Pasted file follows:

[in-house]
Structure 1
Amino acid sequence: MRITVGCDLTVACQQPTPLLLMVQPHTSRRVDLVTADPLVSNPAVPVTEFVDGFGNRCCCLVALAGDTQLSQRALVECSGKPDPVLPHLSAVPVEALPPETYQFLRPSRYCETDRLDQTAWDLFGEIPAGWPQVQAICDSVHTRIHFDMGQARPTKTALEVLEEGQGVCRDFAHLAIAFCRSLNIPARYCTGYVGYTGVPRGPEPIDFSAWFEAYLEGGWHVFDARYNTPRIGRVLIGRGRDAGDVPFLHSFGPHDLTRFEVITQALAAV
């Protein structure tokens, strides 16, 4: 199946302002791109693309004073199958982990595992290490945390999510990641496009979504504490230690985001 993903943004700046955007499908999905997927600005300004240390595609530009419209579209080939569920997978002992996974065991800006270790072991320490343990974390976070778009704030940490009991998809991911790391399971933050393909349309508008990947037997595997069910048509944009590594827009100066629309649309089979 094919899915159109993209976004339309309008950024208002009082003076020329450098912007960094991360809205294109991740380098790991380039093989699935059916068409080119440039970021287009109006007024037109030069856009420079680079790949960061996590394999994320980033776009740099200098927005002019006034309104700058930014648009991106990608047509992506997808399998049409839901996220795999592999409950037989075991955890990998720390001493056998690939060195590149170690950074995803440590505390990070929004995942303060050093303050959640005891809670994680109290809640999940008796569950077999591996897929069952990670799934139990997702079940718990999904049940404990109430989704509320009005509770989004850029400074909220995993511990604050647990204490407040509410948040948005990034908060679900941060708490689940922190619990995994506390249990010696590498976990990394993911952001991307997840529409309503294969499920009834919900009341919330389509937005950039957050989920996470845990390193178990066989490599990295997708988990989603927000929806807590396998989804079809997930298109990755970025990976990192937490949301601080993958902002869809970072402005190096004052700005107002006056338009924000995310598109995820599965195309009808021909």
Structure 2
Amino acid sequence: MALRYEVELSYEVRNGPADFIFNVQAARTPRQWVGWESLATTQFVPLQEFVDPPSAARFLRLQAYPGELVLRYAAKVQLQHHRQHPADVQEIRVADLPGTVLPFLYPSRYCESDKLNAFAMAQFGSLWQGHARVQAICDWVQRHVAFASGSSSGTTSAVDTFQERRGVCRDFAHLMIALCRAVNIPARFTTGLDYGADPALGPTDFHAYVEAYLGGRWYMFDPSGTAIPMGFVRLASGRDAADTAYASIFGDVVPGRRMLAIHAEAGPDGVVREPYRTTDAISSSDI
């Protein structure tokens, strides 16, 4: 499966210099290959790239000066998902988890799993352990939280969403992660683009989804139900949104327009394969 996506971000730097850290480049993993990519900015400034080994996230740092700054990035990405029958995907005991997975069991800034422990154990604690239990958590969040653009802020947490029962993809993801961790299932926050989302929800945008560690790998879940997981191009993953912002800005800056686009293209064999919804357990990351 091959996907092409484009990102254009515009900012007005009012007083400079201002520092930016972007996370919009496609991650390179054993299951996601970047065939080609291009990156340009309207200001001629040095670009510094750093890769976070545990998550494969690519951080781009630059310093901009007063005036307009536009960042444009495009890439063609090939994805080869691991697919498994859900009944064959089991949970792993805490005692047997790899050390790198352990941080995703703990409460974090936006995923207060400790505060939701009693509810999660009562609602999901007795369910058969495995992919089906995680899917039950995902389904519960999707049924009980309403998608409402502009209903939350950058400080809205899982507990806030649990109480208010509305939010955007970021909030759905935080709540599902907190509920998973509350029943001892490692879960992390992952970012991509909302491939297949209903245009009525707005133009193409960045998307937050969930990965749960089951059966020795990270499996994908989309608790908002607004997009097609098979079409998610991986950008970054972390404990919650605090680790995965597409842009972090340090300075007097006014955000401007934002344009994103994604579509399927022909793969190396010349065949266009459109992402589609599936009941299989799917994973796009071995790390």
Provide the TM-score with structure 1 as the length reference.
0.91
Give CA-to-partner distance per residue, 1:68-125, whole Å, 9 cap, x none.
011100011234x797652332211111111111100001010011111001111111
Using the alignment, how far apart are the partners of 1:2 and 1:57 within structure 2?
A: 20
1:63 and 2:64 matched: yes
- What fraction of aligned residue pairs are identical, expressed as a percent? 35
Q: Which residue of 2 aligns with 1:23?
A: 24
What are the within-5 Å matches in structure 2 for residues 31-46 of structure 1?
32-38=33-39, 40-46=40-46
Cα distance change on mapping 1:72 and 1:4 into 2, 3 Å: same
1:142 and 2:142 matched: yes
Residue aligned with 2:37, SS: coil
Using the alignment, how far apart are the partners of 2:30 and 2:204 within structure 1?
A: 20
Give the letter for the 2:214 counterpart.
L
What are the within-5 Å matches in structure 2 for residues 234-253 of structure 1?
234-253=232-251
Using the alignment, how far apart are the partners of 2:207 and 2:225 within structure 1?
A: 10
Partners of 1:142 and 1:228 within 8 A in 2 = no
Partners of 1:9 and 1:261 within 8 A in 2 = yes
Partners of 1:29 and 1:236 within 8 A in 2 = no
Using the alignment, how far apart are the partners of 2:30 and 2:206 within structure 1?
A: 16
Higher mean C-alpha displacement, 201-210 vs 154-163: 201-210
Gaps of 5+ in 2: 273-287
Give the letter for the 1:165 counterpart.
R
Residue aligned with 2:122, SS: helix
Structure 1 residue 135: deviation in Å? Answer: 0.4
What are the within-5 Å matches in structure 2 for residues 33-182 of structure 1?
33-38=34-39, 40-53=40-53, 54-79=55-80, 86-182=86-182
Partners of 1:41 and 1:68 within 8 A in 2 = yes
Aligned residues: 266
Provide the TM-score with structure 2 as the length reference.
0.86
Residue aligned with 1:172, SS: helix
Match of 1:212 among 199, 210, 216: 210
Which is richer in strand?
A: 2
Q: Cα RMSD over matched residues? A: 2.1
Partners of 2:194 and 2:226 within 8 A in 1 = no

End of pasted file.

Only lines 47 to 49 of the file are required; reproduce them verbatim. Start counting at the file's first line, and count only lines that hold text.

0.86
Residue aligned with 1:172, SS: helix
Match of 1:212 among 199, 210, 216: 210